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Chptr 7 Public Opinion
Terms in this set (19)
The direction of the public's opinion about something refers to whether the public favors or opposes it. The tendency for or against some phenomenon.
Generational effect (p265)
The situation in which younger citizens are influenced by events in such a fashion that their attitudes and beliefs are forever rendered distinct from those of older generations.
A consistent set of ideas about a given set of issues.
Intensity (p 255)
The intensity of the public's opinion measures the strength of the direction. The strength of the direction of public opinion
Life cycle effect (p266)
Attitudes or physical characteristics that change as one ages, no matter the time period or generation. The graying of one's hair is a life cycle effect.
Margin of error (p259)
The range surrounding a sample's response within which researchers are confident the larger population's true response would fall.
Miracle of aggregation (p274)
The phenomenon that occurs when a group consists of individuals who are largely ignorant of a particular issue, but their collective opinion tends to make sense.
Nonresponse bias (p260)
A nonrandom error that occurs when people who choose to participate in a survey have different attitudes from those of people who decline to participate.
Opinion leaders (p275)
Individuals with high levels of interest and expertise in politics who seek to communicate their political beliefs to others.
Period effect (p266)
An event that influences the attitudes and beliefs of people of all ages.
The principle that political lessons, values and attitudes learned early in life tend to structure political learning later on in life.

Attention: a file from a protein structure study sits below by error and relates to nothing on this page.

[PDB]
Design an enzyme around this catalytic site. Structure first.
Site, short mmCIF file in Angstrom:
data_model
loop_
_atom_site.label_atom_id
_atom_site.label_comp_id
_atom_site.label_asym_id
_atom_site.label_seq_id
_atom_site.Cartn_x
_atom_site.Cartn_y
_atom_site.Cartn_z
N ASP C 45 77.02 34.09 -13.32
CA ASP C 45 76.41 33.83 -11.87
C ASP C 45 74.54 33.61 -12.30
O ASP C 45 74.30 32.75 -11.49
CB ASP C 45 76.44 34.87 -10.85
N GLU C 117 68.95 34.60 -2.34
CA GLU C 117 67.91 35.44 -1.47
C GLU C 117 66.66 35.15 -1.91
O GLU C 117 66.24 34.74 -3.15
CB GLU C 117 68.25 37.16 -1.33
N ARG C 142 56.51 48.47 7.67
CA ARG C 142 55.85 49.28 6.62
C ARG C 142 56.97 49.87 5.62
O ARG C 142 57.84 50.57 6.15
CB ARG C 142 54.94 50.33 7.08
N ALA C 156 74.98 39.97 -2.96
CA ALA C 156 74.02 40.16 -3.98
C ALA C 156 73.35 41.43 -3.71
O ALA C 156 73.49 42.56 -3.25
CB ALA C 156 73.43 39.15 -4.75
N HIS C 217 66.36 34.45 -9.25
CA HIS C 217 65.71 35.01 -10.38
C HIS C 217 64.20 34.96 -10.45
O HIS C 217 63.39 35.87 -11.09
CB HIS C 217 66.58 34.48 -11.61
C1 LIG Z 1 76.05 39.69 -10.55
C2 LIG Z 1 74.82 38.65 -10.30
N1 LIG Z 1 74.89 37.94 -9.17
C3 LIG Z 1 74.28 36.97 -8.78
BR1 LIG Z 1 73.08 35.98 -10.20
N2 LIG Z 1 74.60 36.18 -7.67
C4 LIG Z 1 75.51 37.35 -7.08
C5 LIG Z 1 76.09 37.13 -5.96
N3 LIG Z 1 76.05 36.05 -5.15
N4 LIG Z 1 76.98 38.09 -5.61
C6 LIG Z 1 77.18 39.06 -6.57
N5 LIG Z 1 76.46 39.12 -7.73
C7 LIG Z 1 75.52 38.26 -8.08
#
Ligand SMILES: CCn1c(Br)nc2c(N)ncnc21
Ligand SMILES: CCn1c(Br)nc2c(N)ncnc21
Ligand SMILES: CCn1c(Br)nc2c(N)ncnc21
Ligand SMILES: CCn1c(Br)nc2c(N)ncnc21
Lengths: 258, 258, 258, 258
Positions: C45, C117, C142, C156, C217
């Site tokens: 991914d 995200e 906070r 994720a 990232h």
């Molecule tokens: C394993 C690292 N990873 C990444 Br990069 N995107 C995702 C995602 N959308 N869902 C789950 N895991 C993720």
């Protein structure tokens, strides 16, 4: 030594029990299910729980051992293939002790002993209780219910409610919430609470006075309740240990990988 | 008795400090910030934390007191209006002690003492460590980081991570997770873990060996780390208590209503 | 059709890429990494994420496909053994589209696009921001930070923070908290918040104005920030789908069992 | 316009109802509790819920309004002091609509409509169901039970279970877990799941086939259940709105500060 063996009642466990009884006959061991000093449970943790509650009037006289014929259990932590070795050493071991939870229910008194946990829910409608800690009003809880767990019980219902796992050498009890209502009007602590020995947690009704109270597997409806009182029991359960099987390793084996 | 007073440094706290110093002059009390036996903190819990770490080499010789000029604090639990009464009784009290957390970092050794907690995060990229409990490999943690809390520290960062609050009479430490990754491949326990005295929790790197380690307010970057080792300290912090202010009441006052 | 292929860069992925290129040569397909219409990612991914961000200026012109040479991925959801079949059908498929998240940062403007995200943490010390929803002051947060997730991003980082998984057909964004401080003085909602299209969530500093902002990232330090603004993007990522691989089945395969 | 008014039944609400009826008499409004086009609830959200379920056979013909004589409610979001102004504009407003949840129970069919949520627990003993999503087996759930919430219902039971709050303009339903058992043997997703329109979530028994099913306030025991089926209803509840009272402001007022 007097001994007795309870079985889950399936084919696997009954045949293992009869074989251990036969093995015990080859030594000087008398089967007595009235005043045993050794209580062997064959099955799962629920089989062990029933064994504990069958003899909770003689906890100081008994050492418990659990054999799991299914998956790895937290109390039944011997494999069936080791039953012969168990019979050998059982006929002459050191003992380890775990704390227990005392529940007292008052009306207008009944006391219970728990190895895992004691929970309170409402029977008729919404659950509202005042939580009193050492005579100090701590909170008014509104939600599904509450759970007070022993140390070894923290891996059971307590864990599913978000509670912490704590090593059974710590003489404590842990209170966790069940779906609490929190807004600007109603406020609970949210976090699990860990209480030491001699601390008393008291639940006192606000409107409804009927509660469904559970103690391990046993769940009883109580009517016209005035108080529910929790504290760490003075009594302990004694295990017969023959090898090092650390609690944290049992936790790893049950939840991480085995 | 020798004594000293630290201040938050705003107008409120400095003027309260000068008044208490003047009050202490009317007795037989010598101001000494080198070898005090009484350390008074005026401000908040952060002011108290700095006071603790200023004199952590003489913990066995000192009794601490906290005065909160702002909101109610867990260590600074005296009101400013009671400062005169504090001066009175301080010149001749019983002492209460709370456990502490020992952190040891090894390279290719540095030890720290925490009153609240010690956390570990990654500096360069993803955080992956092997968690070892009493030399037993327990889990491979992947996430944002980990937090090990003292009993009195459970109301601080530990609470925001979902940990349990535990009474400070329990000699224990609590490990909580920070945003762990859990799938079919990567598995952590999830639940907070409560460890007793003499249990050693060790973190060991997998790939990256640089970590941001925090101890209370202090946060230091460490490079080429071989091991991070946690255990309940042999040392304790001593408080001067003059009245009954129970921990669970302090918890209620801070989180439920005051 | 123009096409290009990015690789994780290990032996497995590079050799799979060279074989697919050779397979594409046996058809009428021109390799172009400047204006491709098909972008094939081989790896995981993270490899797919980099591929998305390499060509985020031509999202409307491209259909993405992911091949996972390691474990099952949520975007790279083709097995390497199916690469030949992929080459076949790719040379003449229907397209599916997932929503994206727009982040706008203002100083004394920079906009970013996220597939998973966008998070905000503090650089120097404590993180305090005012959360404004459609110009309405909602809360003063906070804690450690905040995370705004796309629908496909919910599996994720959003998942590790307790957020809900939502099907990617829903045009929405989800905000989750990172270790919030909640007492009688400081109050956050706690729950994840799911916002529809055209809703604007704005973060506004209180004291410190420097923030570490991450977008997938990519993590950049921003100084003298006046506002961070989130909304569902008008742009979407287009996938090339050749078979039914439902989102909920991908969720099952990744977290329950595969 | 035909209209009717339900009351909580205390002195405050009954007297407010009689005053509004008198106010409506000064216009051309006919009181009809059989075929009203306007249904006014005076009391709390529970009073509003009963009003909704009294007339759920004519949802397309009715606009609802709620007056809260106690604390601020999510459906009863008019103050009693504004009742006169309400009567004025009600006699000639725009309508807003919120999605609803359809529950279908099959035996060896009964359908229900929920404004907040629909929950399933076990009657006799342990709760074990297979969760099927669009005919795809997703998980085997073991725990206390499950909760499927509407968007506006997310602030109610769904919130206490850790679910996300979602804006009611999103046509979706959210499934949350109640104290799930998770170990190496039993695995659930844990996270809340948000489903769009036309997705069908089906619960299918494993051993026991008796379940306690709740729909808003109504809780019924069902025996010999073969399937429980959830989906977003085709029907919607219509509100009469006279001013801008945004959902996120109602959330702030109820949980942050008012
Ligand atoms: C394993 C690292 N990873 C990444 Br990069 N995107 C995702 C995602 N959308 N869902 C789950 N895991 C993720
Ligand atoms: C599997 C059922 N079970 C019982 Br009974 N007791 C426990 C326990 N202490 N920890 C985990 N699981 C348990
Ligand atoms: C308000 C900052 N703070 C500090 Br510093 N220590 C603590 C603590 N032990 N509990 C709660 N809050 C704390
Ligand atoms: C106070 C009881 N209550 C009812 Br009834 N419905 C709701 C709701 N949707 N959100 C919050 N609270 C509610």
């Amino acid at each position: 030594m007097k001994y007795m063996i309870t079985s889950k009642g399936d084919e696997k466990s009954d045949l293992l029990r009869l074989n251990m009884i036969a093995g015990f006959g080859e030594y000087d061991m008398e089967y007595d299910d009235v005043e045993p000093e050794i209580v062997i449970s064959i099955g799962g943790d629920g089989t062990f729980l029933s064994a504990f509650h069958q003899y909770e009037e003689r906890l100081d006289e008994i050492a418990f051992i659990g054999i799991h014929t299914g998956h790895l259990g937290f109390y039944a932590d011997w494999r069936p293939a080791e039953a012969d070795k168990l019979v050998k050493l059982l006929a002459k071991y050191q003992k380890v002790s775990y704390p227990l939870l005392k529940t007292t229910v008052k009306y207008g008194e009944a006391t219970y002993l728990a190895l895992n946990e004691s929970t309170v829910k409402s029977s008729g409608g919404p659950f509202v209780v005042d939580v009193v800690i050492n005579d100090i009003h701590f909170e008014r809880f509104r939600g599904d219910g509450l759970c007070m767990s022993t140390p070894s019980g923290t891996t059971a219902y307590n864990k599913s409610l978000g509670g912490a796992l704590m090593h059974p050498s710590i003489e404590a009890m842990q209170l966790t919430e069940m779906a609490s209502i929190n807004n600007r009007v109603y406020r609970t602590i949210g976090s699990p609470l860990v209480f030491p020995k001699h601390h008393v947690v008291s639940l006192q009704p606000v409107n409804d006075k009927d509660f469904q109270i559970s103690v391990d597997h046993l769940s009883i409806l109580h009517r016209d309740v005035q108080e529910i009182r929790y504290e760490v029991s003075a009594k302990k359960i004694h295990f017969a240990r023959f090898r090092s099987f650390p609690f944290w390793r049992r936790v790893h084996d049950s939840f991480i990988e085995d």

Political socialization (p257)
The learning process in which individuals absorb information and selectively add it to their knowledge and understanding of politics and government.
The principle that what is learned first is learned best and lodged most firmly in one's mind.
Random sample (p259)
A population sample in which it is equally likely that each member of the population will be included in the sample.
Public opinion has 4 basic traits: salience, stability, direction and intensity. Salience indicates an issue's importance to a person, or to the public in gneral.
Taking a small fraction of something that is meant to represent a larger whole: e.g., a group of people that represents a larger population.
Sampling error (p259)
The difference between the reported characteristics of the sample and the characteristics of the larger population that result from imperfect sampling.
The speed with which a change in public opinion will occur and the likelihood that the new opinion will endure.
Public opinion (p255)
the collective political beliefs and attitudes of the public, or groups within the public, on matters of relevance to government.
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